It’s a year ago today since my dad died. I’ve tried to write this a few times but given up. I’ve run out of time now so it will be short & unpolished.
My dad was a railwayman. He started as a cleaner, then worked his way up through being a fireman to a driver. When he retired he was driving Intercity 125s from Doncaster to London and Edinburgh. He was an incredibly strong minded man. For years I had a totally distorted idea of how easy it was to give up smoking because my dad stopped overnight, going from thirty a day after the price was increased one budget. He declared he “wasn’t bloody paying that price” and stopped. He never smoked again but still carried cigarettes in his pocket for my mum.
Growing up with a father who did shift work was odd. On the railways you didn’t even get regular shifts. Although the shifts were still nominally mornings, afters & nights the start times could vary hugely, even from day to day. It also meant a fair bit of “playing quietly”, usually outside someone else’s house, when he was in bed. It did have its perks though. Working on the railways meant cheap or free rail travel so we went on holidays much further afield than many of the children I grew up with. (By which I mean Colwyn Bay, Poole and the Isle of Wight) Most holidayed in Cleethorpes, Bridlington and Blackpool.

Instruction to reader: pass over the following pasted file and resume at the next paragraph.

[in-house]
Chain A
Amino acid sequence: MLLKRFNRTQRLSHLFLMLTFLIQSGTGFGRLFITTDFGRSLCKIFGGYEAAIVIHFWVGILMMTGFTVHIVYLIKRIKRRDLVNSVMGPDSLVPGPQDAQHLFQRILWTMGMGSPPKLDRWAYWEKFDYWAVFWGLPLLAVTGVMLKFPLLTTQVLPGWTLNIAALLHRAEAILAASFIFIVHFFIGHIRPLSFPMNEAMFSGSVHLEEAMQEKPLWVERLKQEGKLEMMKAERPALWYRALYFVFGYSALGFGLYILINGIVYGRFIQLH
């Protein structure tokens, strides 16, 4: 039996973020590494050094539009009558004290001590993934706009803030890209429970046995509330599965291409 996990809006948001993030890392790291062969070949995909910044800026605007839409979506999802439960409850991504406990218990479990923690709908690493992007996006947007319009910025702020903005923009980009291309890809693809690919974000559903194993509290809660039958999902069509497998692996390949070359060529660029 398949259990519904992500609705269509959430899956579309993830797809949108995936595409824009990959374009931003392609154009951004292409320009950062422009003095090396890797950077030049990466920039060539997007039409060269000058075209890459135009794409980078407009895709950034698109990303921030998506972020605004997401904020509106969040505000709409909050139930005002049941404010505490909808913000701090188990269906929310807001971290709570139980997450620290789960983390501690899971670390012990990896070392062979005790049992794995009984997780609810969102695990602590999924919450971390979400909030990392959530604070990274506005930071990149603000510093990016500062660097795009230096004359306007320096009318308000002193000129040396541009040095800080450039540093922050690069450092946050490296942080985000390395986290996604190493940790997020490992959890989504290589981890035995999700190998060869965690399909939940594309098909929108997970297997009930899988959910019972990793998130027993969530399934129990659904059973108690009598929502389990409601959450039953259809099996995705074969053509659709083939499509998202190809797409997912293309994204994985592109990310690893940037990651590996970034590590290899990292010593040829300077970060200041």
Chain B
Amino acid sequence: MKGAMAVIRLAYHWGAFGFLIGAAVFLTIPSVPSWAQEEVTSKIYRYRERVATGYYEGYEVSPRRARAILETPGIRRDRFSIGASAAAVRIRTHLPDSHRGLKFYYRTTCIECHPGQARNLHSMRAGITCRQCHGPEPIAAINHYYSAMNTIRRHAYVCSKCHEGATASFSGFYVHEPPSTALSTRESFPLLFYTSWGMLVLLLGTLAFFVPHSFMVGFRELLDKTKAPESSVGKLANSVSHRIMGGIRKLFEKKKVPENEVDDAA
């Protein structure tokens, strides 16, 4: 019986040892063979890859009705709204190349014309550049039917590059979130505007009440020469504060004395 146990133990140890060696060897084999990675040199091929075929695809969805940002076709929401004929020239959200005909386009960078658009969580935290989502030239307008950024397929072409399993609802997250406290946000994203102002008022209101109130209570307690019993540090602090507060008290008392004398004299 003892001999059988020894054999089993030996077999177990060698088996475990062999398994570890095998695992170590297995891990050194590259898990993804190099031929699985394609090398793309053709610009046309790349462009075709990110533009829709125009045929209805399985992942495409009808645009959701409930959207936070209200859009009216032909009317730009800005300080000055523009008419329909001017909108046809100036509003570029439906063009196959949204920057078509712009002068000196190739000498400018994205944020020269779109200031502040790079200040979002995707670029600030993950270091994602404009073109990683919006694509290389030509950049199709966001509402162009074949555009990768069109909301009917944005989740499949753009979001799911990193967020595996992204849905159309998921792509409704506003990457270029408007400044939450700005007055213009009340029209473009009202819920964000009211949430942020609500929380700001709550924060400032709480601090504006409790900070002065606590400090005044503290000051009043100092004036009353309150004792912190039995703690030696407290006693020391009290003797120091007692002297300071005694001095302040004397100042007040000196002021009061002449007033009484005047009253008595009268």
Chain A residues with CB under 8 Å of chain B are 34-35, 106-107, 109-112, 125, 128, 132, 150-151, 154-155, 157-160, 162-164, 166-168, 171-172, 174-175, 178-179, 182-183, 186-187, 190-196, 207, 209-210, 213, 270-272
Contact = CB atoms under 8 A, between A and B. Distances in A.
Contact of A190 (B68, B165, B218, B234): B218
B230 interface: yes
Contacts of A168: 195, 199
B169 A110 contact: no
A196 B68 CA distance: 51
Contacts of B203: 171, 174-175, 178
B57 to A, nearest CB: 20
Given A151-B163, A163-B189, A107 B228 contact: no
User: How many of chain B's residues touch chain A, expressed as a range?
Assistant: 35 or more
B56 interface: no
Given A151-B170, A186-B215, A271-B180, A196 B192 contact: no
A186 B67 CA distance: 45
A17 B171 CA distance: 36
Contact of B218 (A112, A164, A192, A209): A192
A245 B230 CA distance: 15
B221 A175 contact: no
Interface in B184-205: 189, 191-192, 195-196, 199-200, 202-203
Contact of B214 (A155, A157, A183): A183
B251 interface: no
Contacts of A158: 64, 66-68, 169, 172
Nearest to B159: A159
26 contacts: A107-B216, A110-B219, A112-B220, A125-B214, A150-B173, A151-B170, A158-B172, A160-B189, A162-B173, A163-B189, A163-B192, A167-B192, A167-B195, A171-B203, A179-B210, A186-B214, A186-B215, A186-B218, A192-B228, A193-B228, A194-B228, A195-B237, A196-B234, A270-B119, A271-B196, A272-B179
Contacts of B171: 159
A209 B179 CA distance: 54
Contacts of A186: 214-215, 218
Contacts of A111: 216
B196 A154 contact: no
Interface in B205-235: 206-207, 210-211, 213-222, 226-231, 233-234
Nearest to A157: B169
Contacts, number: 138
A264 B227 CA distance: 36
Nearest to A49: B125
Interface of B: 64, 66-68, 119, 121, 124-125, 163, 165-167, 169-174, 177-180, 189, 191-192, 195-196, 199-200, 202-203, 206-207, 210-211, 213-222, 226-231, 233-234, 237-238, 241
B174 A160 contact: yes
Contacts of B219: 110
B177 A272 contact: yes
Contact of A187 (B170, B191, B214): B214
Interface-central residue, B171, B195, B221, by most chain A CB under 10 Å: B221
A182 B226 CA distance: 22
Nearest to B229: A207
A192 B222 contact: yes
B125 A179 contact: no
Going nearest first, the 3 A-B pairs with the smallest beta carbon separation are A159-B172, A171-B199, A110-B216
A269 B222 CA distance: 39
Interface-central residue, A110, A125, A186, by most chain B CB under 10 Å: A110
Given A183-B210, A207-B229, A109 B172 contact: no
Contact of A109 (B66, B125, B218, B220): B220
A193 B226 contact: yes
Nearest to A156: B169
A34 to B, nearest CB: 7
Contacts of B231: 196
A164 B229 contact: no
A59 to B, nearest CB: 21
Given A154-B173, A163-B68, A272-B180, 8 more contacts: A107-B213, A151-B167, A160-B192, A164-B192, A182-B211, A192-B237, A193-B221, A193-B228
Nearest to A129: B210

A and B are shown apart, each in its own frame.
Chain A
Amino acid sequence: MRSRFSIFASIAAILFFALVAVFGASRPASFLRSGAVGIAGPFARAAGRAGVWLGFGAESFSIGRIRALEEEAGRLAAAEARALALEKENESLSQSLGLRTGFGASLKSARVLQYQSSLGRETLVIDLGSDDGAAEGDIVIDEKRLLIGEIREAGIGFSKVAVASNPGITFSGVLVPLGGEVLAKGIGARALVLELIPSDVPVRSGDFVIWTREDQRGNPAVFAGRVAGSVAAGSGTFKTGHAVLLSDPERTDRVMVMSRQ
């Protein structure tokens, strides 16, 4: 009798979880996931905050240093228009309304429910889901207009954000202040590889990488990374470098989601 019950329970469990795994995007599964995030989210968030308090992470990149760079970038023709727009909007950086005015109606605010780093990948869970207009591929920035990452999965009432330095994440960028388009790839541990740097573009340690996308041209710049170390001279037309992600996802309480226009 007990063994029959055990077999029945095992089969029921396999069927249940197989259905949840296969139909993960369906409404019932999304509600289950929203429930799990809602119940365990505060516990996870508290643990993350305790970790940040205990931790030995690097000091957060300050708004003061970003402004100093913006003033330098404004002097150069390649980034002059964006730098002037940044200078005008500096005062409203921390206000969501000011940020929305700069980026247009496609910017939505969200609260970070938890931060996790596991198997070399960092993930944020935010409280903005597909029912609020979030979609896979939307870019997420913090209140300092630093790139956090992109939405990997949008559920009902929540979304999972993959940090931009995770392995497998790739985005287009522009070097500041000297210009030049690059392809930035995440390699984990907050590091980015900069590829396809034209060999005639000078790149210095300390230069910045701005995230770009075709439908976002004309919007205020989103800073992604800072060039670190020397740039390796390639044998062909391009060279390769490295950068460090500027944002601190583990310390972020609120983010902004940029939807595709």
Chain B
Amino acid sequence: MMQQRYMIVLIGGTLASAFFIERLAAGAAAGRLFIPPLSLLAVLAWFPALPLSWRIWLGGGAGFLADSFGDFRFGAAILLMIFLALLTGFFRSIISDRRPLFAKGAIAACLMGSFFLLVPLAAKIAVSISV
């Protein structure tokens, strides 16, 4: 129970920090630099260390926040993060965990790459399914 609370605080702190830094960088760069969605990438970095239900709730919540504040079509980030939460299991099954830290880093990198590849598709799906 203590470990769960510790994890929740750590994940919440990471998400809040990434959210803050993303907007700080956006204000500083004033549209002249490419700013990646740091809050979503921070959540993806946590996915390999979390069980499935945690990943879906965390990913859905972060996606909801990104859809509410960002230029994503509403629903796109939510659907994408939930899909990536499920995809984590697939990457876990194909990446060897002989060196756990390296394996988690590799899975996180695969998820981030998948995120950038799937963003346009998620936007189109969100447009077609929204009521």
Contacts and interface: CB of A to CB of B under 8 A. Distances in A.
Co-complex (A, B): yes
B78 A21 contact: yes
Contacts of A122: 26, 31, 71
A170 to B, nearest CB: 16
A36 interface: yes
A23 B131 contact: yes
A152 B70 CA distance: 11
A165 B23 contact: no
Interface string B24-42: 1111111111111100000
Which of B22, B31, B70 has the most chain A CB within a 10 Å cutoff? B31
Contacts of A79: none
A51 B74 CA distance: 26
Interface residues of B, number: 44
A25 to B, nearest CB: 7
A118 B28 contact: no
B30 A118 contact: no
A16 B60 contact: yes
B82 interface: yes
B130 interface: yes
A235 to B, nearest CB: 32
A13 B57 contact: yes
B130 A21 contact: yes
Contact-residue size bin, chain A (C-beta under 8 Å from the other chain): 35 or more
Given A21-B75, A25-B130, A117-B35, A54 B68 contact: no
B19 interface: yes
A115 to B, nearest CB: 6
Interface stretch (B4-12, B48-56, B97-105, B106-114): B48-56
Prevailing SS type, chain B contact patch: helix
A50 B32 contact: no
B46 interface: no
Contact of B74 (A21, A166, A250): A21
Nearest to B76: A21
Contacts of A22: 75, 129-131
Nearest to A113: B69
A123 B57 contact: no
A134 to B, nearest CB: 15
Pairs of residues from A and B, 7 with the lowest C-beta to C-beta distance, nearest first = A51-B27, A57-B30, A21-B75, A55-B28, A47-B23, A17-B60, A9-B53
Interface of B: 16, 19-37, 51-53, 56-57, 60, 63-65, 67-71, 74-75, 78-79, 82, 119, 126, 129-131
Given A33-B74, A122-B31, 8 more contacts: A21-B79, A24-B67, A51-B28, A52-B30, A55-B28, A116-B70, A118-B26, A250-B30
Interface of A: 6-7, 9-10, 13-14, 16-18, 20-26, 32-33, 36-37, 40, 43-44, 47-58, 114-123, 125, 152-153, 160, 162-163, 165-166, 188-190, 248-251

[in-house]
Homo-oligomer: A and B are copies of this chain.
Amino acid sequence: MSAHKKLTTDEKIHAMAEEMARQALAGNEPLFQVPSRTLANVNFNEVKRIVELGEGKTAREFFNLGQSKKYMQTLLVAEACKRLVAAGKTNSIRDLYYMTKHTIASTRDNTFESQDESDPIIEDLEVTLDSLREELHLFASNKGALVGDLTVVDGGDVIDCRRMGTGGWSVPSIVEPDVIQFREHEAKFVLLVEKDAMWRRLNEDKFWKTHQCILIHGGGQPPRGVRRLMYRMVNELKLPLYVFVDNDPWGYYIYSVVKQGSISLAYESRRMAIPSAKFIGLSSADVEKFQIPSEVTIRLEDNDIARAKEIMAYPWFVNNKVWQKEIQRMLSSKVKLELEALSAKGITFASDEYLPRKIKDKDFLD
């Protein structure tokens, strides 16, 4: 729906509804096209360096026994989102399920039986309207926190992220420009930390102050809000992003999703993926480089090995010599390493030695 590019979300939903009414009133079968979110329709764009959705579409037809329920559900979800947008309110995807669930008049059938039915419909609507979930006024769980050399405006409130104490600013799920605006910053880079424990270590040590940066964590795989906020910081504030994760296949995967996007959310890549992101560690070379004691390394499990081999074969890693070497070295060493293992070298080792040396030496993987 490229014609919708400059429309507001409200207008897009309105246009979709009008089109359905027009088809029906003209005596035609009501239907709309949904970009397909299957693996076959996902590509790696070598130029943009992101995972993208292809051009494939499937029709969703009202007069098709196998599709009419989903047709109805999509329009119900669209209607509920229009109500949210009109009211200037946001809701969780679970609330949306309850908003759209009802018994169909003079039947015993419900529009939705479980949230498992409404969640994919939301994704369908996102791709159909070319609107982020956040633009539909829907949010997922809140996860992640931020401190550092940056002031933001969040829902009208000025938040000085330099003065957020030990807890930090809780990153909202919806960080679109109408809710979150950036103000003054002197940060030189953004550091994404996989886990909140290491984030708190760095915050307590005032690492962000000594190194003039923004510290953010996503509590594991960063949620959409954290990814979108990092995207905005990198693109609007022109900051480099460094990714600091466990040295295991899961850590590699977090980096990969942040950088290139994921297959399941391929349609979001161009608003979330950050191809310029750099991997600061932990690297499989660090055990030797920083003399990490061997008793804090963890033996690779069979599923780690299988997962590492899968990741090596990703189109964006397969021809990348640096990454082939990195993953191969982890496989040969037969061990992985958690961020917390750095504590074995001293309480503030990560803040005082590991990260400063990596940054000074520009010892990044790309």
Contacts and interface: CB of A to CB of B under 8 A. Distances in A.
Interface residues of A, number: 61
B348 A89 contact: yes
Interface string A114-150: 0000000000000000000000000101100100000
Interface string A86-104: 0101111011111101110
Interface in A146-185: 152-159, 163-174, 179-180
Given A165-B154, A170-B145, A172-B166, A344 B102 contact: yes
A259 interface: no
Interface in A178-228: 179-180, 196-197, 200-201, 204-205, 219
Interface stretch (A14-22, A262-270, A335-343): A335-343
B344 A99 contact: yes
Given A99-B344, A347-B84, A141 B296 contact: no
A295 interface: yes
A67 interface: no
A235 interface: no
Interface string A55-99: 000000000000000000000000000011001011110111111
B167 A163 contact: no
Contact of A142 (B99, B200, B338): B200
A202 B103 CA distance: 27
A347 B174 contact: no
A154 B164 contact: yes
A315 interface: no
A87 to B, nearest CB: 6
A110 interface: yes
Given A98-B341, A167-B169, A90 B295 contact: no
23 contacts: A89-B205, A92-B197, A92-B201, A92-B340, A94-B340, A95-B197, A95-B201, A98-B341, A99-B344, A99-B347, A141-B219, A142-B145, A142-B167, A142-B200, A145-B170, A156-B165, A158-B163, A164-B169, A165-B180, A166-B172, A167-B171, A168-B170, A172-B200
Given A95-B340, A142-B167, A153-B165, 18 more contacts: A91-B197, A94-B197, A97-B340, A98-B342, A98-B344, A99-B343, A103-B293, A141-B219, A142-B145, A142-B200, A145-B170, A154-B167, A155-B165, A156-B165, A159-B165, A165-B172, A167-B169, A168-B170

I can recognise many of his traits in me. I have the same stubborn streak and the same need to be right, even when, sometimes I know, deep down, that I’m wrong. I try to keep a lid on that because I know how infuriating it can be when someone does that.
I’m starting to remember him as he used to be before his memory started to fail. In the last couple of years he had become frail and querulous rather than strong and argumentative. He wasn’t the easiest of men. He was opinionated and stubborn and could sometimes be a bit thoughtless but he always meant well and he cared. I have never had a moment’s doubt that my parents loved me as well as each other
My mum died eight years ago and my dad missed her so very much. He was genuinely devoted to her and never really recovered from her death. I remember when she became ill she was already worried about how much he was forgetting things. In the last year or so he was becoming increasingly frustrated at his poor memory and his confusion but he remained fiercely independent. Getting him to accept that he needed help was an uphill struggle. He was a typical proud Yorkshireman.
And I miss him.